CHFD 331 AMU week 1 lesson The Process of Parenting in the 21 st Century American Military University
Several reasons exist as to why people want to become parents. When asked of both parents and non parents why people want to have children, in general, the responses were similar (Brooks, 2011). Some of those reasons include: to love and feel close to the child; to feel excitement as the child learns and grows, and to satisfy society’s expectations of adulthood.
Parenting is an all-encompassing process that has withstood the test of time. According to Brooks (2013), parents are, “individuals who nourish, protect, and guide new life to maturity. This long-term commitment is a huge investment in time, money, and emotional energy. A parent must provide for the child’s physical needs with nutrition, clothing, shelter, and health as well as their intellectual, emotional, and moral needs.” (p. 6)
Topics to be covered include:
- Life events and their influence on parenting
- Cultural impacts and their effects on parenting (including society, religion, and race)
- Parenting techniques
Roles and Responsibilities
The child, the parent, and society all influence the process of parenting, and, in turn, are changed by it. Let us look at the contributions of each.
- Role of the Child
- Role of Parents
- Role of Society
At birth, and for several years beyond, children’s physical development and maturity is dependent on both parents and society. Babies’ physical needs include: feeding, diaper changing, nurturing, shelter, clothing, and warmth. This may look different across cultures, depending on the environment and cultural norms and expectations.
Psychological needs for children are more complex than physical needs. Research, conducted by Bronfenbrenner and Morris (2016) concluded that babies have these basic psychological needs: an ongoing relationship with at least one caregiver who is committed to taking care of and nurturing the child; a secondary caregiver who encourages the primary caregiver; stable, consistent, and positive interactions with others, including other caregivers, who provide means of learning about and developing within the world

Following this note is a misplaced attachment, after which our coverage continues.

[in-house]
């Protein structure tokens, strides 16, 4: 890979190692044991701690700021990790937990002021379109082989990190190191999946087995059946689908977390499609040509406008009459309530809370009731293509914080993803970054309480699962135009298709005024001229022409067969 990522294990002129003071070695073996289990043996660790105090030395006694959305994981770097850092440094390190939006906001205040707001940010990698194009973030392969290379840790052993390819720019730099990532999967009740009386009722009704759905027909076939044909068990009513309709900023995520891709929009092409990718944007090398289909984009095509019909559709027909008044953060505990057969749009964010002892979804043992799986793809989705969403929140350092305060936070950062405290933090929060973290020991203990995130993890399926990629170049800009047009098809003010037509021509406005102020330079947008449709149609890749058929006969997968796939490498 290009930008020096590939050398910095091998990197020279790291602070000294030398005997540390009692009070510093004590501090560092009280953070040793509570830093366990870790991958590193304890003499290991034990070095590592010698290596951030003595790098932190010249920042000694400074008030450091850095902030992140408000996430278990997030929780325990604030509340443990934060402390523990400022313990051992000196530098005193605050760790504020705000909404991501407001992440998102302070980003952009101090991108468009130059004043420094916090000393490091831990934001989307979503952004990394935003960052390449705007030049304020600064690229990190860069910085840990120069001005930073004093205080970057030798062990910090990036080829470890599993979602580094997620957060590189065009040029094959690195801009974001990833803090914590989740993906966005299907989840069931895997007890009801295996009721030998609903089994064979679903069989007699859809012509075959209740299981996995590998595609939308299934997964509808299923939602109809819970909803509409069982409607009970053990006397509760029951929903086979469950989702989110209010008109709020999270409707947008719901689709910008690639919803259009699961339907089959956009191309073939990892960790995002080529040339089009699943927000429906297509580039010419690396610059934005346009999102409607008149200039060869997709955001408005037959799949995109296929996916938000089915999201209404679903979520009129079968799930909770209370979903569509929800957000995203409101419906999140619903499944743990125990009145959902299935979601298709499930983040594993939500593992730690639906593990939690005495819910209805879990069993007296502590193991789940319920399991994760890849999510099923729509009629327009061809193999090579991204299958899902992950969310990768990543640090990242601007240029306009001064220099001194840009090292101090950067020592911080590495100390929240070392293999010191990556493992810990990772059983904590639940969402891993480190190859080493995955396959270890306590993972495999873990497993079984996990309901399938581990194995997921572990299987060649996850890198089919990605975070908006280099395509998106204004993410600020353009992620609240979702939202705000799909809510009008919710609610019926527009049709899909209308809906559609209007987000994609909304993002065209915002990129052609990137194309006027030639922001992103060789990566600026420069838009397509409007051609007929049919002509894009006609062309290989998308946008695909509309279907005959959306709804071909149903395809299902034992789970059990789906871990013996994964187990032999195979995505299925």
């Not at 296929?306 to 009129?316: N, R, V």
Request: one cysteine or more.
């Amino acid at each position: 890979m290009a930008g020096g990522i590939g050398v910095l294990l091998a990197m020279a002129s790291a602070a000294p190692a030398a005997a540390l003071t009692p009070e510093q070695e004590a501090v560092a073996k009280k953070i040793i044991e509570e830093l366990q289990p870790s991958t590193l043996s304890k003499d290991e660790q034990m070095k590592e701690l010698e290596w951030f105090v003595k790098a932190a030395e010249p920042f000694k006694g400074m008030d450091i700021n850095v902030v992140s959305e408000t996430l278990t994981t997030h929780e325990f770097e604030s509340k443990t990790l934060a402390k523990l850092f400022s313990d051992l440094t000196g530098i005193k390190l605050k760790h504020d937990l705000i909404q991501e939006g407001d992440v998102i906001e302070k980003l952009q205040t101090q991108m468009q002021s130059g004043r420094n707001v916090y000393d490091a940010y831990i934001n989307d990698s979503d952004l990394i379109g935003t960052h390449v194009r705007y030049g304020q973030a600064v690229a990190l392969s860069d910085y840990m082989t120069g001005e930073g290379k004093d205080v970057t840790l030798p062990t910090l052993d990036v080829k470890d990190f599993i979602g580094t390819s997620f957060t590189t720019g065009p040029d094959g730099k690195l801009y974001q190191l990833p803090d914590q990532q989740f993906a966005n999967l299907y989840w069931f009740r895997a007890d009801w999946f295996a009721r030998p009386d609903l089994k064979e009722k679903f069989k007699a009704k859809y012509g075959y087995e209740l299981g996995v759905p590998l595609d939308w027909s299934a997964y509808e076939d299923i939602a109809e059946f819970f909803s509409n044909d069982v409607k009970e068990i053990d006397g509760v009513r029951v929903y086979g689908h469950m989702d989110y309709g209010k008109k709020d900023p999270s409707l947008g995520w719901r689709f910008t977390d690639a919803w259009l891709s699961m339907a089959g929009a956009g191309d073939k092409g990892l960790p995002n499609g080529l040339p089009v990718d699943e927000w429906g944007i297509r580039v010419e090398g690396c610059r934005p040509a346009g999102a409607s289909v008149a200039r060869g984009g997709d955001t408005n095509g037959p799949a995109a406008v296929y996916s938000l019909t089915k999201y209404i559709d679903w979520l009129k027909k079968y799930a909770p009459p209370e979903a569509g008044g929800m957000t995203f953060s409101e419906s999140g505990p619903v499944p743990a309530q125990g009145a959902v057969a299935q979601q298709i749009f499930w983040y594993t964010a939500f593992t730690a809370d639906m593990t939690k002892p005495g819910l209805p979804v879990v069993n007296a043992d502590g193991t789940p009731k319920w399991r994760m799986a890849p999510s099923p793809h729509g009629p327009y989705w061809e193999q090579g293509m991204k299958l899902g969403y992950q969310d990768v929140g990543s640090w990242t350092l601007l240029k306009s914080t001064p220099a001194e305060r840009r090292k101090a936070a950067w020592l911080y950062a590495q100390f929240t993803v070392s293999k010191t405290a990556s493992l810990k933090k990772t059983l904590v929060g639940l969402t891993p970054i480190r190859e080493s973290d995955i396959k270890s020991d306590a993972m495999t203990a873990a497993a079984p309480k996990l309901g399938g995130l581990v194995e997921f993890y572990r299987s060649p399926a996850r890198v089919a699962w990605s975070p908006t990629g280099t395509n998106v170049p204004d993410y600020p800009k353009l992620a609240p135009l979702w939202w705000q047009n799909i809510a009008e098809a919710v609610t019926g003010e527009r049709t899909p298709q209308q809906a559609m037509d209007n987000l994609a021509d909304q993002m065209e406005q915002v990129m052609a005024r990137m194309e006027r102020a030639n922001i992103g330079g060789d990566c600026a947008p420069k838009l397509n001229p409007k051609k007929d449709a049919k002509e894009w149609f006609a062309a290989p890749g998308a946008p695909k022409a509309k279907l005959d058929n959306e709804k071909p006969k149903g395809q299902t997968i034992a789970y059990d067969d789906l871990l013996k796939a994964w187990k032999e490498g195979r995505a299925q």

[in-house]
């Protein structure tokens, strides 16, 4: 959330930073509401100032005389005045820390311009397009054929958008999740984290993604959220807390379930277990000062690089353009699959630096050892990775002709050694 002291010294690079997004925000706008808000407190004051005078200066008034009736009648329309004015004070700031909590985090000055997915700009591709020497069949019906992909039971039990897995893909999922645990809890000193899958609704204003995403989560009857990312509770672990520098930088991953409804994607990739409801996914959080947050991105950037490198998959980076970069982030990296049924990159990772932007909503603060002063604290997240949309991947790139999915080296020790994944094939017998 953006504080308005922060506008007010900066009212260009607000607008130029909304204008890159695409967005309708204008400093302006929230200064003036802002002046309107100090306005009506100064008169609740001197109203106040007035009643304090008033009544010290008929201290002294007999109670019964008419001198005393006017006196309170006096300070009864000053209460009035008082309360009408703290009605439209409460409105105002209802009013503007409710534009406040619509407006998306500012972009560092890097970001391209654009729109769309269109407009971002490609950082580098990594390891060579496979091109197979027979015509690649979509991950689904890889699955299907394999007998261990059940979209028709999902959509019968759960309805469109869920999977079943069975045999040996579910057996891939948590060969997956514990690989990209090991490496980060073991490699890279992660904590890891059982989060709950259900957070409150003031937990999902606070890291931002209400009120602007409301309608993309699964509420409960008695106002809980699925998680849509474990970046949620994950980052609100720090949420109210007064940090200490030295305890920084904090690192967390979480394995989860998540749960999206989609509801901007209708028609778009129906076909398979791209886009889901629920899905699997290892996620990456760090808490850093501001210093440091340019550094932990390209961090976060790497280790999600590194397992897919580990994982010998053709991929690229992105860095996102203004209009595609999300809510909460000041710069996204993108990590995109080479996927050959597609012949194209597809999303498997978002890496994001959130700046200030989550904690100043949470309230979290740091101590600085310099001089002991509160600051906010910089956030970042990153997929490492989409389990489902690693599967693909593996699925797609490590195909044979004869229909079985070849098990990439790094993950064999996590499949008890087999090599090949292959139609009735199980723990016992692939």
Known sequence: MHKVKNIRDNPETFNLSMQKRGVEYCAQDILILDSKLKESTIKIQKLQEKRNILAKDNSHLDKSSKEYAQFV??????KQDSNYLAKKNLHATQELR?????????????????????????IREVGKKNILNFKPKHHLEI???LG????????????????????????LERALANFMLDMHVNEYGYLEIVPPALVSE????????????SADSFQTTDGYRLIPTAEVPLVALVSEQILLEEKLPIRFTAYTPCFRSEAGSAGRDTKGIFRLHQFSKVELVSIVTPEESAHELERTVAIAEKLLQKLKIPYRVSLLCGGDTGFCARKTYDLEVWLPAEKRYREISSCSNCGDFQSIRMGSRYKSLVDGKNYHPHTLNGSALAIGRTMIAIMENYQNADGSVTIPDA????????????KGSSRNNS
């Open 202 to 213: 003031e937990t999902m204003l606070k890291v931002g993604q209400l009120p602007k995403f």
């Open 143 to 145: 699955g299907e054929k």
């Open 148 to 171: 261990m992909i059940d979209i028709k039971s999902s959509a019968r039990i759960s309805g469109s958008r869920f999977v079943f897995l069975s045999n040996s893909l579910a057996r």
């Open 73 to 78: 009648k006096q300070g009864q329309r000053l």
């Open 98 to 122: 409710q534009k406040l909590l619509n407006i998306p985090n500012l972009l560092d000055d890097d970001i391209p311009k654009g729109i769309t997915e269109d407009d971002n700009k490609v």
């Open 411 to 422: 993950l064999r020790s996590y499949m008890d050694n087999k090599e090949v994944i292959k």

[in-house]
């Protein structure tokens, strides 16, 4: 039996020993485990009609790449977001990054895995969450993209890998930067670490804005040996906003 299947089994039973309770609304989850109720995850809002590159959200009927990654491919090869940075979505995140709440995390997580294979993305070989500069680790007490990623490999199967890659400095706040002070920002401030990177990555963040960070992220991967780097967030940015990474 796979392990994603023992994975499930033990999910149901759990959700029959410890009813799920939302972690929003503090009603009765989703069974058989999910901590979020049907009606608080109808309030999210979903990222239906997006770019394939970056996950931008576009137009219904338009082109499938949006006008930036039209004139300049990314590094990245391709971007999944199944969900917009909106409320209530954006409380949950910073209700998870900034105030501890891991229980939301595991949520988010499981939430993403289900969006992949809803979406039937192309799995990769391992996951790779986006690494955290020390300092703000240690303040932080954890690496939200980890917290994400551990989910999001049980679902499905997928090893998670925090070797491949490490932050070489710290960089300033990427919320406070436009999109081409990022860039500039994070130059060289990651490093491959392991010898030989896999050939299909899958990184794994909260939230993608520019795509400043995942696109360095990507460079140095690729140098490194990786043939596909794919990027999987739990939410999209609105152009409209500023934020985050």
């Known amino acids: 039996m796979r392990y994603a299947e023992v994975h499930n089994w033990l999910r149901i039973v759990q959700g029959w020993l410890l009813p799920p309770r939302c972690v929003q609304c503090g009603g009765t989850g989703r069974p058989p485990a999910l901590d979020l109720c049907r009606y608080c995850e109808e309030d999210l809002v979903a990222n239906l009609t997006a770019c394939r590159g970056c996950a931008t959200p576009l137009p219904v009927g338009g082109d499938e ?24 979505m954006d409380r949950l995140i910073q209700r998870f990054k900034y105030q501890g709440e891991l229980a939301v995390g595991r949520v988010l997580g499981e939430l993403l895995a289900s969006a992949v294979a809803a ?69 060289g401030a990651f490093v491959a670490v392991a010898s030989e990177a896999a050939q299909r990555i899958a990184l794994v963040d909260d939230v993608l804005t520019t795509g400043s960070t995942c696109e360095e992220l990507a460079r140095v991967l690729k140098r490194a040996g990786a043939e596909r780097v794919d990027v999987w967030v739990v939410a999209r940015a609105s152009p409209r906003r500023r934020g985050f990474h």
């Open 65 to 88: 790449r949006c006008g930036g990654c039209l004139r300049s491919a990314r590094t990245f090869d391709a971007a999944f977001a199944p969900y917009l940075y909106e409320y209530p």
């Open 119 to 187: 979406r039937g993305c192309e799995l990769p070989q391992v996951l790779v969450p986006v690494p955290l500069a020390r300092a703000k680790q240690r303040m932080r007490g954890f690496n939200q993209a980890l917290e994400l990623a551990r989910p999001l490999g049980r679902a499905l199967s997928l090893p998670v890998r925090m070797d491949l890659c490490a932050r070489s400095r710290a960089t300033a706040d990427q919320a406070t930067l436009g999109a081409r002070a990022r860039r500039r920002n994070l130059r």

In addition to physical and psychological needs, babies have other needs that are unique to their individuality, gender, temperament, and physical health. These affect the way parents treat their children. For example,
genetic or birth complications can interfere with a child’s basic habits of eating and sleeping. This is an added stress on the parents and/or caregivers of this child, because they are likely more worried about the child’s
ability to develop in a healthy way. The “goodness of fit” is another factor in the parenting process that may impact the ways parents respond to their children. For example, a child with an outgoing, boisterous personality may not fit in well with a family whose temperament or nature is typically quiet, relaxed, and easygoing. While children need parents and other caregivers, likewise, parents also need children to fulfill their basic needs of closeness and accomplishment.
Society also has a need for children, because children continue on traditions and rituals, passing them on from one generation to the next.
Because it is assumed that parents have their children’s best interests at heart, society has naturally given parents authority over children. While the basic role of parenting is to provide for the needs of children, we
all know, parenting is much more than that. Parents bring a complex set of needs and qualities to the parenting process because they come with a history of relationships and past experiences that contribute to their parenting style. They bring attributes like their personal qualities, like self-esteem and sociability; their level of physical health and psychological stability; their problem-solving skills; the relationships that they have created with others. Parents meet society’s needs in the role of parenting, as they prepare their children who are going to grow up to be future parents.
Children live in families; families live in neighborhoods and communities that contribute to the greater societal world. Society has and provides standards for conduct for all three parties in the parenting process: the child, the parent, and society. Society is a dynamic, complex force, that changes often, depending on the situations with the economy and societal ways.